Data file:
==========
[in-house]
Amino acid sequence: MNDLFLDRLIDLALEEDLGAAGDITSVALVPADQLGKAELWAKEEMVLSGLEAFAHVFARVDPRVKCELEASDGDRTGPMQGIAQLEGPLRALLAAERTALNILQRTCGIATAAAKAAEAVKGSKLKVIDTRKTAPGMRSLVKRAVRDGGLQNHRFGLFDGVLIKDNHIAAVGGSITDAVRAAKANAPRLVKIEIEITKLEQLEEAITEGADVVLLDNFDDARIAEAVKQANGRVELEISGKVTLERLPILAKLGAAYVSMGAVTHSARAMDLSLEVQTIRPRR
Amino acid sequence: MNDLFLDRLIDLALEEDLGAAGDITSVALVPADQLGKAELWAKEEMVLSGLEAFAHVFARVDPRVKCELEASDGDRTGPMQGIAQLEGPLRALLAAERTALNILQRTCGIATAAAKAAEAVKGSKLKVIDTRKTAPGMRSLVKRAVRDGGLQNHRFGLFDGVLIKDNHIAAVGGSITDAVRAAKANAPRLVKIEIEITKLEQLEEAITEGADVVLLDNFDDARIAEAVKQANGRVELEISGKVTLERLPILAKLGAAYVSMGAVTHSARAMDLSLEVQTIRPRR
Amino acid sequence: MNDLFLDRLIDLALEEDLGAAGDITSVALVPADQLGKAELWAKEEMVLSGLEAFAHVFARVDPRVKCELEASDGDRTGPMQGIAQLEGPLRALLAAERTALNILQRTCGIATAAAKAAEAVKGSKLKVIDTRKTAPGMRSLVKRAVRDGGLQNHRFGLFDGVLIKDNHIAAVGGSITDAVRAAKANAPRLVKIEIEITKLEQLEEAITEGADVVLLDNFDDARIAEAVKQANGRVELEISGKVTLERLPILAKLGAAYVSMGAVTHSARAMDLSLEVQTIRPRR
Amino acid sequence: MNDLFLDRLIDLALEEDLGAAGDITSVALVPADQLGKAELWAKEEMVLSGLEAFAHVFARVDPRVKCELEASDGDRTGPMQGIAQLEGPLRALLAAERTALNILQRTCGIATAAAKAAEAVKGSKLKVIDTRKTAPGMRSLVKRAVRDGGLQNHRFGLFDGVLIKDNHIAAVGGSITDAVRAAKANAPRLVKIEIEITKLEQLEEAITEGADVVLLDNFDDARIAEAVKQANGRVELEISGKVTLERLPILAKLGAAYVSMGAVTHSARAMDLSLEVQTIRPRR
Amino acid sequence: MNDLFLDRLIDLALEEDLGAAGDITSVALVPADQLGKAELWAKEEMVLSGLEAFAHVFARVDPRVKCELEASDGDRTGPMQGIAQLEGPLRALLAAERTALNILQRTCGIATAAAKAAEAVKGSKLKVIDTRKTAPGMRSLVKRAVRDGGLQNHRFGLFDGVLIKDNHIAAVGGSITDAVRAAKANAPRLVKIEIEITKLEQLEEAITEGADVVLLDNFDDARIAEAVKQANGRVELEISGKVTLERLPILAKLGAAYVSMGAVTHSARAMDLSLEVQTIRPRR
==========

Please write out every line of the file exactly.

[in-house]
Amino acid sequence: MNDLFLDRLIDLALEEDLGAAGDITSVALVPADQLGKAELWAKEEMVLSGLEAFAHVFARVDPRVKCELEASDGDRTGPMQGIAQLEGPLRALLAAERTALNILQRTCGIATAAAKAAEAVKGSKLKVIDTRKTAPGMRSLVKRAVRDGGLQNHRFGLFDGVLIKDNHIAAVGGSITDAVRAAKANAPRLVKIEIEITKLEQLEEAITEGADVVLLDNFDDARIAEAVKQANGRVELEISGKVTLERLPILAKLGAAYVSMGAVTHSARAMDLSLEVQTIRPRR
Amino acid sequence: MNDLFLDRLIDLALEEDLGAAGDITSVALVPADQLGKAELWAKEEMVLSGLEAFAHVFARVDPRVKCELEASDGDRTGPMQGIAQLEGPLRALLAAERTALNILQRTCGIATAAAKAAEAVKGSKLKVIDTRKTAPGMRSLVKRAVRDGGLQNHRFGLFDGVLIKDNHIAAVGGSITDAVRAAKANAPRLVKIEIEITKLEQLEEAITEGADVVLLDNFDDARIAEAVKQANGRVELEISGKVTLERLPILAKLGAAYVSMGAVTHSARAMDLSLEVQTIRPRR
Amino acid sequence: MNDLFLDRLIDLALEEDLGAAGDITSVALVPADQLGKAELWAKEEMVLSGLEAFAHVFARVDPRVKCELEASDGDRTGPMQGIAQLEGPLRALLAAERTALNILQRTCGIATAAAKAAEAVKGSKLKVIDTRKTAPGMRSLVKRAVRDGGLQNHRFGLFDGVLIKDNHIAAVGGSITDAVRAAKANAPRLVKIEIEITKLEQLEEAITEGADVVLLDNFDDARIAEAVKQANGRVELEISGKVTLERLPILAKLGAAYVSMGAVTHSARAMDLSLEVQTIRPRR
Amino acid sequence: MNDLFLDRLIDLALEEDLGAAGDITSVALVPADQLGKAELWAKEEMVLSGLEAFAHVFARVDPRVKCELEASDGDRTGPMQGIAQLEGPLRALLAAERTALNILQRTCGIATAAAKAAEAVKGSKLKVIDTRKTAPGMRSLVKRAVRDGGLQNHRFGLFDGVLIKDNHIAAVGGSITDAVRAAKANAPRLVKIEIEITKLEQLEEAITEGADVVLLDNFDDARIAEAVKQANGRVELEISGKVTLERLPILAKLGAAYVSMGAVTHSARAMDLSLEVQTIRPRR
Amino acid sequence: MNDLFLDRLIDLALEEDLGAAGDITSVALVPADQLGKAELWAKEEMVLSGLEAFAHVFARVDPRVKCELEASDGDRTGPMQGIAQLEGPLRALLAAERTALNILQRTCGIATAAAKAAEAVKGSKLKVIDTRKTAPGMRSLVKRAVRDGGLQNHRFGLFDGVLIKDNHIAAVGGSITDAVRAAKANAPRLVKIEIEITKLEQLEEAITEGADVVLLDNFDDARIAEAVKQANGRVELEISGKVTLERLPILAKLGAAYVSMGAVTHSARAMDLSLEVQTIRPRR